Soon after the United States declared war on the Central Powers in April of 1917, Helen Fairchild an other nurses from the Pennsylvania Hospital Unit # 10 would volunteer their services to the American Expeditionary Force and head overseas to serve in the war. She would be exposed to deadly Mustard Gas in November, and after having surgery to remove a life threatening ulcer, would die from complications of that surgery in January of 1918. Her main job function was being station in the Passchendaele area, overlooking more than 2,000 wounded soldiers in the harshest of war conditions with the rest of her unit. Fairchild began her short-lived career after graduating as a nurse from Philadelphia in 1913. Much of her story while at war was documented by over 100 letters which were sent to her family in the United States. It's in these letters where the world first saw the bravery of the nurses, who had to care for so many in such extreme conditions. " The casualty clearing stations were frequently the scene of the most distressing sight which human eye can witness" Fairchild stated in one of her letters after first arriving near Passchendaele. She was very beloved by her fellow nurses and to this day remains a figure of early American nursing heroics.
Although much acclaim has been given to Florence Nightingale for her role in revamping medical care in Britain during the 19th century, Mary Seacole also played a very prominent role as well. Revered by many as an "unsung hero" of this time, Seacole was responsible for funding her own trip to help the sick during the Crimean War. There she tended to soldiers and delivered medicine and supplies. She even tried to join the nurses alongside Nightingale, but her application was denied. Many believed this denial was because of racial prejudice, as Seacole was of mixed race (having a Scottish father and Jamaican mother). Born in Jamaica, Secole favored the tropical herbal medicines and treatments taught to her by her mother. After traveling abroad to use these treatments to care for soldiers in the war, in addition to running several boarding houses at the same time, Seacole retired to Britain where she would document her life in her autobiography, considered on of the first by a black woman in Britain.
Mary Todd Lincoln
Many know of the life of Mary Todd Lincoln mainly through the life of her legendary husband, president Abraham Lincoln. Do some research on her life and their family, and many will tell you stories of her depression and sometimes "insane" behavior. Coming from a rather well-off family, Mary Todd Lincoln never needed much in terms of careers and settled in her role of mother and housewife very nicely, and soon found herself the First Lady of the United States. Many point out Mary Todd's extreme shopping sprees while in the White House which garnered her the ridicule of many Americans, or the accusations from both sides of the war questioning her allegiance. Factor in the death of her sons at such an early age, in addition to the stress of the war, and many see where her mental problems may have originated. What is often overlooked is Mary Todd Lincoln's contributions to the war, as she became a volunteer nurse to many soldiers in Union hospitals and later gave clothing and treatment to freed slaves after contributing to what became the Emancipation Proclamation in 1863.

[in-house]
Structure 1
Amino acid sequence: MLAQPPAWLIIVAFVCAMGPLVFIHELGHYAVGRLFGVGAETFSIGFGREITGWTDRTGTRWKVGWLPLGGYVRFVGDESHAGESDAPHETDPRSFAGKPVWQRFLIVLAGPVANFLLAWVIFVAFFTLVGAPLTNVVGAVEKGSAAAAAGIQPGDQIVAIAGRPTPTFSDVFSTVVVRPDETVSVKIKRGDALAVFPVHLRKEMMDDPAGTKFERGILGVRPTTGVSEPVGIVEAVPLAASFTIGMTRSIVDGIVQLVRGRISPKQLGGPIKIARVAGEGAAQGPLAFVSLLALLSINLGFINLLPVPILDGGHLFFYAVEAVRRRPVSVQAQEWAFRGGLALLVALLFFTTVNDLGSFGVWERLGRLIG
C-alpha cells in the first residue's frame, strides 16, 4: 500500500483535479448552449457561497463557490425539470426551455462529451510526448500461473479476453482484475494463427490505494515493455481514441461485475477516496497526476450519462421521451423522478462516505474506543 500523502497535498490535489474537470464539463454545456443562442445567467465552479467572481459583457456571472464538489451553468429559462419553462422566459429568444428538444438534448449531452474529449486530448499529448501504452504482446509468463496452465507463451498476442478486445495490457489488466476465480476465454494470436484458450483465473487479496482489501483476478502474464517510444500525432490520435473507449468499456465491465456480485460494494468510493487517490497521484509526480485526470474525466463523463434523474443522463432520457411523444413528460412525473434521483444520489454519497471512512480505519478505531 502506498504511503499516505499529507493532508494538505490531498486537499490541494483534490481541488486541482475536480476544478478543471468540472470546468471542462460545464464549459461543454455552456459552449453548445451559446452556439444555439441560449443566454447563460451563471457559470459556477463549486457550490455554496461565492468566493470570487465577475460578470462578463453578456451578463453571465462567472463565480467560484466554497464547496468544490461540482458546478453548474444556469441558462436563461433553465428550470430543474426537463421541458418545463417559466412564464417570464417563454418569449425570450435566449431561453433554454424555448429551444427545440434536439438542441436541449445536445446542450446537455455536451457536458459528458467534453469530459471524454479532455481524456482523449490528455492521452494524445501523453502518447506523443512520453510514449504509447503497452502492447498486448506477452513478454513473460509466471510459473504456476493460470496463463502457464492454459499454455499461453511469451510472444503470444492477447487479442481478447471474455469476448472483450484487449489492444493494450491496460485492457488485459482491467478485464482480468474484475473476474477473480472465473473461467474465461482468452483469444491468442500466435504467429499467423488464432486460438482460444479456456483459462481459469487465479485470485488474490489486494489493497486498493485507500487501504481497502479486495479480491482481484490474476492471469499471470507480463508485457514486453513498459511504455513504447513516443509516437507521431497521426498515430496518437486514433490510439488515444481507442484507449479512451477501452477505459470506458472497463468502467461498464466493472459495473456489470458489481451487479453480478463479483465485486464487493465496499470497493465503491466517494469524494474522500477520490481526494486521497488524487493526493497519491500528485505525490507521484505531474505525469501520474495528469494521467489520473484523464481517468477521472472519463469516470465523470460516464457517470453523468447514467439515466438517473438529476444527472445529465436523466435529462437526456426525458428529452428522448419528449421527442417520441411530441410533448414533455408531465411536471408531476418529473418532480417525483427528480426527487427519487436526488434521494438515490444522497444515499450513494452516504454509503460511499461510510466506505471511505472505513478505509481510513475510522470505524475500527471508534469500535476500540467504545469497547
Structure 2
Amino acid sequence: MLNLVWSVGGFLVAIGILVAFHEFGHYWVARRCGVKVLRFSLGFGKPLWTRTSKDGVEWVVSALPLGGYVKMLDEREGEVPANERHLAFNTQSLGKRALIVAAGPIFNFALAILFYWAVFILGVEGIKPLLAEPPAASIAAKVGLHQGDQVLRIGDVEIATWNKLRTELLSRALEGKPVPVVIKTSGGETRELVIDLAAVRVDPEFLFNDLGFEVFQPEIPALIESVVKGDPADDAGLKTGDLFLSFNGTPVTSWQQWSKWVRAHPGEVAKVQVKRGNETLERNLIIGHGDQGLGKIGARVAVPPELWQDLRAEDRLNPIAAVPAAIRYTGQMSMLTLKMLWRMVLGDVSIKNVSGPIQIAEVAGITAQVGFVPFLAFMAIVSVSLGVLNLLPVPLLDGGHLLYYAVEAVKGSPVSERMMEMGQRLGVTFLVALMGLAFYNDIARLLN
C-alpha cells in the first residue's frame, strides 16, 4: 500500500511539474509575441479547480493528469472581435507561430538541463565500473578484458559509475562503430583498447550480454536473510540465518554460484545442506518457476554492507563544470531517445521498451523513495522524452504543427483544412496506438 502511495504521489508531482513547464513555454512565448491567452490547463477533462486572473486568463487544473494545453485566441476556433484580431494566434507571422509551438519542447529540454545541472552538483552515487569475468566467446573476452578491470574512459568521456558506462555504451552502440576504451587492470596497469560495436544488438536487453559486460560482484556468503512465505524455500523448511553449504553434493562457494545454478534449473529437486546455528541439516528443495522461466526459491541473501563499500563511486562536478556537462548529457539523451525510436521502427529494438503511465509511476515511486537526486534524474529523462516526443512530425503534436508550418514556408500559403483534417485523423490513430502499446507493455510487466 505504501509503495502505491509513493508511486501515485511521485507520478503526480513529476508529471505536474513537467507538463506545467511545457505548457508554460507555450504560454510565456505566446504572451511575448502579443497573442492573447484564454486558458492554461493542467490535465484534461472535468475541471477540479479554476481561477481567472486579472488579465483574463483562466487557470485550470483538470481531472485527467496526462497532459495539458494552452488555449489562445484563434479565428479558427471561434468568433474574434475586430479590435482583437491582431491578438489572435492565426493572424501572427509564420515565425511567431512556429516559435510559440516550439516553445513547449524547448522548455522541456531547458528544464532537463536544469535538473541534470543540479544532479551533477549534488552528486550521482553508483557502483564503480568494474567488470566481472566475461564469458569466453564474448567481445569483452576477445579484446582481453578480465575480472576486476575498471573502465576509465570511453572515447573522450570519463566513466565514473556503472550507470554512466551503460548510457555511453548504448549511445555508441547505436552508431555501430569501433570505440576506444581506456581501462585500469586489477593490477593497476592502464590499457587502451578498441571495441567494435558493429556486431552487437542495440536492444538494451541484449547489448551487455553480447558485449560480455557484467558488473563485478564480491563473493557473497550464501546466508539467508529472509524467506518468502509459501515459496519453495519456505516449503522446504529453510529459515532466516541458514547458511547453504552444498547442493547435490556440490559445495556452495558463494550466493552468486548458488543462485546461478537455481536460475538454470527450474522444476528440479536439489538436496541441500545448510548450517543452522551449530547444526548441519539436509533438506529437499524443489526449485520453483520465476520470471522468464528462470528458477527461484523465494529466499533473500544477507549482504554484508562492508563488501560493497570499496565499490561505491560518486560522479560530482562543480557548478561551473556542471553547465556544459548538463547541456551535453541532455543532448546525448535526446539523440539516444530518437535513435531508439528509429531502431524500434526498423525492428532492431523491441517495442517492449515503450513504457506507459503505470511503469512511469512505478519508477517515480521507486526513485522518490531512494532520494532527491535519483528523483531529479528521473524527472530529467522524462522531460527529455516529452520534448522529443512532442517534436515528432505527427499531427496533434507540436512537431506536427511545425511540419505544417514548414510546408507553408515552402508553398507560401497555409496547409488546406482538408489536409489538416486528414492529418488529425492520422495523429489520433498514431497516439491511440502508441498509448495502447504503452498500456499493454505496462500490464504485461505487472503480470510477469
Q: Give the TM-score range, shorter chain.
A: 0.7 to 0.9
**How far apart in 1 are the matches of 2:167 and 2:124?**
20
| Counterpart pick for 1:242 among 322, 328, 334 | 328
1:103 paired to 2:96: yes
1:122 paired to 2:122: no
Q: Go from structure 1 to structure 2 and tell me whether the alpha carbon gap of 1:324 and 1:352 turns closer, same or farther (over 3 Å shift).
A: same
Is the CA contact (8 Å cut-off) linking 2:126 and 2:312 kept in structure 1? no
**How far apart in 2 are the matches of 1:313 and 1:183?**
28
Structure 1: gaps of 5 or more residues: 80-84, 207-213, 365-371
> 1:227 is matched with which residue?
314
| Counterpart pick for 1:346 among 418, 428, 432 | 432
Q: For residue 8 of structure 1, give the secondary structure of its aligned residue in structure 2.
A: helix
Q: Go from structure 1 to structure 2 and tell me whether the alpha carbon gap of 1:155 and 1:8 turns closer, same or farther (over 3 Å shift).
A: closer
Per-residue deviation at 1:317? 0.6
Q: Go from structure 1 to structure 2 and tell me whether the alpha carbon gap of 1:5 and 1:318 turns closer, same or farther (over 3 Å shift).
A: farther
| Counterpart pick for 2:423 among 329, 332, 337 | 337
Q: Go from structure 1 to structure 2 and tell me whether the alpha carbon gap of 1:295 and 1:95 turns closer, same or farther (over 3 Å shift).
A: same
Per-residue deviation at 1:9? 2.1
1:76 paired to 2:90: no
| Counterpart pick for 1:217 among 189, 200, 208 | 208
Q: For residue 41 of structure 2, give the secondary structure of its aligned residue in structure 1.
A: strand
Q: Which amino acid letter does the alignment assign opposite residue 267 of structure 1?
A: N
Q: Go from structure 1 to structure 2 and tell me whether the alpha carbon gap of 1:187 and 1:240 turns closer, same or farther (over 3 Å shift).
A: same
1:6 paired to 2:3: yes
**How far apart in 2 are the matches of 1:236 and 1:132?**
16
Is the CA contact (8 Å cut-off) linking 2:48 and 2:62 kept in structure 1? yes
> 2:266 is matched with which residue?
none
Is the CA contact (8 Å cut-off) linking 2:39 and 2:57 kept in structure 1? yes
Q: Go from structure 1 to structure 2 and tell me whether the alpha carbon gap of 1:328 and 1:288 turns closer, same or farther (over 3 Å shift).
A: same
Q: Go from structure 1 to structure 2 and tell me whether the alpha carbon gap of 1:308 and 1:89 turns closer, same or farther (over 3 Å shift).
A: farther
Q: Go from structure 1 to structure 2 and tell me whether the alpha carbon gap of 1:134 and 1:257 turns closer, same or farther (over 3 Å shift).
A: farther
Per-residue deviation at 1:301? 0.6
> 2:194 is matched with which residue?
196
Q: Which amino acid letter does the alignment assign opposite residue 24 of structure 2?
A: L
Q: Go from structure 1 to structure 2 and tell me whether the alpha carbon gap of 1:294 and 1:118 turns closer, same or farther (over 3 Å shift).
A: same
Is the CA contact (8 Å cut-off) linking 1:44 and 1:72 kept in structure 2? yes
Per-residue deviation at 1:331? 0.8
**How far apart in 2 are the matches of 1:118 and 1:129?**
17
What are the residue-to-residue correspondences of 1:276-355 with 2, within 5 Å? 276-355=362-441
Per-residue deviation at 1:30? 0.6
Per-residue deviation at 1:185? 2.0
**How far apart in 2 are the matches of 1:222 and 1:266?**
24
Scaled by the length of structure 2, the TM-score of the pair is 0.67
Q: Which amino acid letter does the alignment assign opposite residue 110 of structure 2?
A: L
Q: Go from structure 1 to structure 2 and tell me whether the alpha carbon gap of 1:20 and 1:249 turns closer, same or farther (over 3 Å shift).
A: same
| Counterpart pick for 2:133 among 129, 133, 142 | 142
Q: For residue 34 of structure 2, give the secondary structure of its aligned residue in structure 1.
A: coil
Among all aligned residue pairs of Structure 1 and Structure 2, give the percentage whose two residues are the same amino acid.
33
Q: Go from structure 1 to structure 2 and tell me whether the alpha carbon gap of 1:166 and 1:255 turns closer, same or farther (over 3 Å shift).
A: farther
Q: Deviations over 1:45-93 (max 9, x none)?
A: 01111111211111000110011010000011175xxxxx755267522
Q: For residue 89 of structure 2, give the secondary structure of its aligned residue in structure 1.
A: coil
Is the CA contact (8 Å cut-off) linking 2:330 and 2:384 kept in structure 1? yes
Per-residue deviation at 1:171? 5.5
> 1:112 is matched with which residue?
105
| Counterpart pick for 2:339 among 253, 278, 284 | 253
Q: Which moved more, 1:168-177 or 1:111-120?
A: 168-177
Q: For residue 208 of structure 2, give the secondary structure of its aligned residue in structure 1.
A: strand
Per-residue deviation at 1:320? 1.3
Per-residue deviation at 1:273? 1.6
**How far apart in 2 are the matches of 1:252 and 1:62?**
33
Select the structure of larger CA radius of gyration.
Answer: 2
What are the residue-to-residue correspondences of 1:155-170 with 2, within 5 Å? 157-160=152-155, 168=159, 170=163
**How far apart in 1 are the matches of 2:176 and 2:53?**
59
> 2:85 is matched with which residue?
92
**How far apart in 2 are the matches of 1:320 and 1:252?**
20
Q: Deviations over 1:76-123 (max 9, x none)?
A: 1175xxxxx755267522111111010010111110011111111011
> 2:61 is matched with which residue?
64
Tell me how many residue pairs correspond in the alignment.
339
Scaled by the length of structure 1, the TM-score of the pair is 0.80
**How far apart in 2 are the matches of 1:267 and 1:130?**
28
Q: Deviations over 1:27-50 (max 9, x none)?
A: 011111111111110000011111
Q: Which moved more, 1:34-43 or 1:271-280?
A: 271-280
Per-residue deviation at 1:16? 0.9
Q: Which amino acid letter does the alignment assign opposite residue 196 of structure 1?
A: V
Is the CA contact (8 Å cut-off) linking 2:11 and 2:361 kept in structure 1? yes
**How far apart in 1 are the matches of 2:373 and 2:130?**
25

Mary Eliza Mahoney
When Mary Eliza Mahoney graduated from nursing school in 1879, she would make history as the first graduate African American nurse. After deciding not to go into a career of domestic service (like many black women did at the time), she worked at the New England Hospital for Women and Children for many years before entering college. Mahoney graduated at the age of 34, becoming a graduate nurse and paving the way for other African American nurses in the future. Through her hard work she would provide the inspiration for the National Association of Colored Graduate Nurses, which she helped co-found in 1908. Later in life Mahoney used her past experience to not only assist black women but all women in having educational and professional rights, further helping the status nursing has today.